The example of Vodafone and their 'Black Friday' LG deal is just one in a long line where every effort is made to part customers and their money but then the infrastructure and more importantly the human customer service are noticeable through their absence.
I do applaud one particular individual who did his best on the Vodafone forums to stem the tide of complaints, questions and queries but how can such a large organisation fail so spectacularly to make plans to back up their marketing and sales drive? (Being a Vodafone customer and having tried to use their website and get in touch with customer services I think I know the answer to that).
Another example is more personal - having bought a couple of Samsung Google Nexus 10" tablets last October, unfortunately one of them expired in November. I tried all the troubleshooting tips (several times) including standing on my head with one finger in my ear whilst holding down the power button and volume control at the same time. Alas, the tablet had ceased to be and the primary user (my daughter) was sorely missing her Minecraft fix.
So, I got in touch with Google support who told me to get in touch with Samsung support which I did. After being referred back to Google support (which I declined) I finally got through to someone who seemed to be able to help and they sent me (well, actually my better half) off to a 'local' Samsung support centre. Being close to Christmas by now, a trip was duly made to this centre who then denied all knowledge of being able to repair Samsung tablets.... wasted trip.
When I then called Samsung support for the fourth time, I got a half-apology for the wild goose chase and a suggestion that I arrange for the tablet to be sent in for repair. This of course meant no tablet tech over Christmas, but I was confident that Scrabble, the jigsaw and re-runs of Miranda would keep the beloved daughter happy.
The tablet was duly returned with a note from Samsung to thank me for sending my mobile phone in(!). However, according to their records my tablet (sorry, handset) was (and I quote) '.... originally manufactured and shipped to (UK - UNITED KINGDOM), and therefore is not covered by the European warranty and as such, we are unable to carry out a repair...'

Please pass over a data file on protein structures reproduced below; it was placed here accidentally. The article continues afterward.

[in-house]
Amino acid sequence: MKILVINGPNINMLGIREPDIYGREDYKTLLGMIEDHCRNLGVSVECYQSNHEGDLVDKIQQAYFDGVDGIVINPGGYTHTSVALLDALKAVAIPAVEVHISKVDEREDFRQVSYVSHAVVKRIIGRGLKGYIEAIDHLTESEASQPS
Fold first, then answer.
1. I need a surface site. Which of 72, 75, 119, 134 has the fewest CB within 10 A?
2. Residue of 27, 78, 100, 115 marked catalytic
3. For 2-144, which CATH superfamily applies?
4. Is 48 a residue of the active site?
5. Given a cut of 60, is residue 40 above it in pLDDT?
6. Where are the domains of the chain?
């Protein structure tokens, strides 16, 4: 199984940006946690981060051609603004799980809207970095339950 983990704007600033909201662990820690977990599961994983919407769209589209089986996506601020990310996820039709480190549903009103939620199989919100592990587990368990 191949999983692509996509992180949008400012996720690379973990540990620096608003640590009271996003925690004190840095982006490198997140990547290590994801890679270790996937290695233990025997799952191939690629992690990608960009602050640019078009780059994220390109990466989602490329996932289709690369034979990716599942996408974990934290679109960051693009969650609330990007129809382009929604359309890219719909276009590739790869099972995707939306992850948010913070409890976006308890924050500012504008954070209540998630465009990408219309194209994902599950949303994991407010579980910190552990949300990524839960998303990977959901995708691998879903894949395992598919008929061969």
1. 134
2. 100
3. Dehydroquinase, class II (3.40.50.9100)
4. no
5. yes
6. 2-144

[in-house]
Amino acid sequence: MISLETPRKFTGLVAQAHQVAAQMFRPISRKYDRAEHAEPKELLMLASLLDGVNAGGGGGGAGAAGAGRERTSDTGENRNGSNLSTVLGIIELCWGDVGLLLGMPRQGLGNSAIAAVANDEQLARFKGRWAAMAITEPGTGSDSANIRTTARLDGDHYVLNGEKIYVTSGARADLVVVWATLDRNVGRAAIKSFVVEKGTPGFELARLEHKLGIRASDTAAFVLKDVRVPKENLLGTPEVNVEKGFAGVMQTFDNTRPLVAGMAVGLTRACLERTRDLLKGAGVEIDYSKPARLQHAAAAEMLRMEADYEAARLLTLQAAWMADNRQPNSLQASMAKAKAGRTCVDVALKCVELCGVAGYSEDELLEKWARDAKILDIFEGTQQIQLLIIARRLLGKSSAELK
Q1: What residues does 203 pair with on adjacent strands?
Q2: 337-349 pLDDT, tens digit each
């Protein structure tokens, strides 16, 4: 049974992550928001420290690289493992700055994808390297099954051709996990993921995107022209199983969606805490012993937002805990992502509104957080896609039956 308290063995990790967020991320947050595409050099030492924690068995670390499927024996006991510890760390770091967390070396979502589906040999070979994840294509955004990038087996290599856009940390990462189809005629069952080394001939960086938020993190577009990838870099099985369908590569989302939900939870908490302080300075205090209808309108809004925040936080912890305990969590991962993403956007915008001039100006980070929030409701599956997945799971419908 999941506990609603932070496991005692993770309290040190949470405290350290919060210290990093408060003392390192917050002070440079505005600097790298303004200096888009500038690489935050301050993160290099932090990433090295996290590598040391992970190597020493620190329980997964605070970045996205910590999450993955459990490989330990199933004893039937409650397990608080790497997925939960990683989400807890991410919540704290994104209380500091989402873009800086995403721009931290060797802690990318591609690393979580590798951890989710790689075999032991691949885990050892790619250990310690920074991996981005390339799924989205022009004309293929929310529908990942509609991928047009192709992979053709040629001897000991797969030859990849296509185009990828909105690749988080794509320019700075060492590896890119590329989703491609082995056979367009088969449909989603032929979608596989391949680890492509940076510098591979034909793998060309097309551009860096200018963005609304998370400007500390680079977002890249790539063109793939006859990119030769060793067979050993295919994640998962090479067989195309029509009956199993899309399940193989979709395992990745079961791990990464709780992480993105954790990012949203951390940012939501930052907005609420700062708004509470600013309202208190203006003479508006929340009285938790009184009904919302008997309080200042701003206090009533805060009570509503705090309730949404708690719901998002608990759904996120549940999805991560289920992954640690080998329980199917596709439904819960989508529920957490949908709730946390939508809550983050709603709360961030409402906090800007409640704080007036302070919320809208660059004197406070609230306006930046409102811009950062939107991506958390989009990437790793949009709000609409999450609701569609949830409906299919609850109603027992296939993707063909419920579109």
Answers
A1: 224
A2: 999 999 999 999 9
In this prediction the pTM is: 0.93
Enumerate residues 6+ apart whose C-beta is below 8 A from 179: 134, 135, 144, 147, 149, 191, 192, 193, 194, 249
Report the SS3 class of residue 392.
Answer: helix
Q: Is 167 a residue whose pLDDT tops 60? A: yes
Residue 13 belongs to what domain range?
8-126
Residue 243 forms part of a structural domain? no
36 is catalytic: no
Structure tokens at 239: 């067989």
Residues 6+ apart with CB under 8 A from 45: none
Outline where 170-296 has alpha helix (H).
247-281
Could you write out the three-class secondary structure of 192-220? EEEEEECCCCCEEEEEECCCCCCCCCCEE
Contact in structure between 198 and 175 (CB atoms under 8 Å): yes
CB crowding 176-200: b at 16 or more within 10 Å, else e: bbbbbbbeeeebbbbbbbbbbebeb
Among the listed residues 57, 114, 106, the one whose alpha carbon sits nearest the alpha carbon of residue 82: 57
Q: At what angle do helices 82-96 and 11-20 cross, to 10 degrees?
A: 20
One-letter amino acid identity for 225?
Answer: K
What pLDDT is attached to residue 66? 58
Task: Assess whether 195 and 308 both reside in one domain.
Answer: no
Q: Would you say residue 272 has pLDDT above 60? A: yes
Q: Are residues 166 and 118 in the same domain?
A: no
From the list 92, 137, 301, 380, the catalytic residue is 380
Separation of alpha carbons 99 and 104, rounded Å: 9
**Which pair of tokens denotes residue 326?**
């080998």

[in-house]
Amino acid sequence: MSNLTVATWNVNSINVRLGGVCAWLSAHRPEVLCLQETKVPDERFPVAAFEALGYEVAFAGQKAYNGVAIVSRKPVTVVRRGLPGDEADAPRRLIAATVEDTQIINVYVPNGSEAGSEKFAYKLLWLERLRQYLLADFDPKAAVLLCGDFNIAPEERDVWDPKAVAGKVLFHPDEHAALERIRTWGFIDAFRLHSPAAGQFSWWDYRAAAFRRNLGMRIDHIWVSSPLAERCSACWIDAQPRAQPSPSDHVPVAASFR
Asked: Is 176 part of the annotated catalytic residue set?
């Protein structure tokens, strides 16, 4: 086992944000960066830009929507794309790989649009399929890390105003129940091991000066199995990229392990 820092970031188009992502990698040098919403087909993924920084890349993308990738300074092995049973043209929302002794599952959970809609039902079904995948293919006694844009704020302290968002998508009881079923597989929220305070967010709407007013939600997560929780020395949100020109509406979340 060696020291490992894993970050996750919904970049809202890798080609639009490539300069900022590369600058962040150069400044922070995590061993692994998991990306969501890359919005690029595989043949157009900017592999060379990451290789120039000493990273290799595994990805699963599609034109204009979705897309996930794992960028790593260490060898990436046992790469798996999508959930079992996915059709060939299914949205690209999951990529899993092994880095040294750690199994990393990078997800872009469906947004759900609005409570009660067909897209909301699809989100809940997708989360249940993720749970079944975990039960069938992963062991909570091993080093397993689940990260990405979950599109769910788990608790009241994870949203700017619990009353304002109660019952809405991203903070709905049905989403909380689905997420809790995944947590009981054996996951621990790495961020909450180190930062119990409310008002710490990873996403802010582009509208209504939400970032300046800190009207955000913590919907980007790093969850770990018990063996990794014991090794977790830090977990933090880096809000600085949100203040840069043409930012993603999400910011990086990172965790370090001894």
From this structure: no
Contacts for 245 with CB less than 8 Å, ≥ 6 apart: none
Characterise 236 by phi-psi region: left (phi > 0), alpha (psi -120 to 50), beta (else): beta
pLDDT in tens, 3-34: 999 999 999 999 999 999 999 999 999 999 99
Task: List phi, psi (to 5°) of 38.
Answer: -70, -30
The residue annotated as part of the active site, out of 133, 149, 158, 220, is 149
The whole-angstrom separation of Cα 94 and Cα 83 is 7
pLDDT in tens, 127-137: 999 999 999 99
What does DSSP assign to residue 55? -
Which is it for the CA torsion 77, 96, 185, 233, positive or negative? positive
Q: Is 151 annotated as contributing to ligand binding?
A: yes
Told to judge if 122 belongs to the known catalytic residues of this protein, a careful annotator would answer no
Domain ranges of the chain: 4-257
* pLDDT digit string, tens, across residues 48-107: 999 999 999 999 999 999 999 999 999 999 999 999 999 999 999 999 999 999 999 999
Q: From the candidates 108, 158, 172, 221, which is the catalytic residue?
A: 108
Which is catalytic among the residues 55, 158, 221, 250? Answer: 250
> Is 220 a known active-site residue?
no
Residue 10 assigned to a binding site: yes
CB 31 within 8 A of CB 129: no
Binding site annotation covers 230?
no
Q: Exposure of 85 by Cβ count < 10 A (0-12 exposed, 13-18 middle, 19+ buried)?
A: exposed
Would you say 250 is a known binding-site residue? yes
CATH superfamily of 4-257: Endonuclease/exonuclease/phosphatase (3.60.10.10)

Although it is a bit of a grey area, I do have a right to expect tech to last for a 'reasonable' amount of time and since this was actually a tablet (not a handset/mobile phone - note please Samsung) then it wasn't subjected to excessive wear or tear.
I was about to create a reply letter pointing out my rights and disatisfaction when I thought I would try getting in touch with Amazon, who sold me the tablet originally. With an immediate callback and a pause for debate (after all, I was past the official 1 year warranty - just), I was delighted to hear that Amazon would offer me a full refund, send me all the labels and instructions needed to return the item and within 10 minutes, received an email with everything needed.
When I got my refund, did I use it to buy a replacement Samsung Nexus tablet? Not likely!
Instead, I ordered the Nexus 9 (made by HTC) from the company that gave me the best service, namely Amazon and most likely won't buy another Samsung product again.
So, the moral of the Blog post is - don't forget the human side of your overall sales and marketing efforts.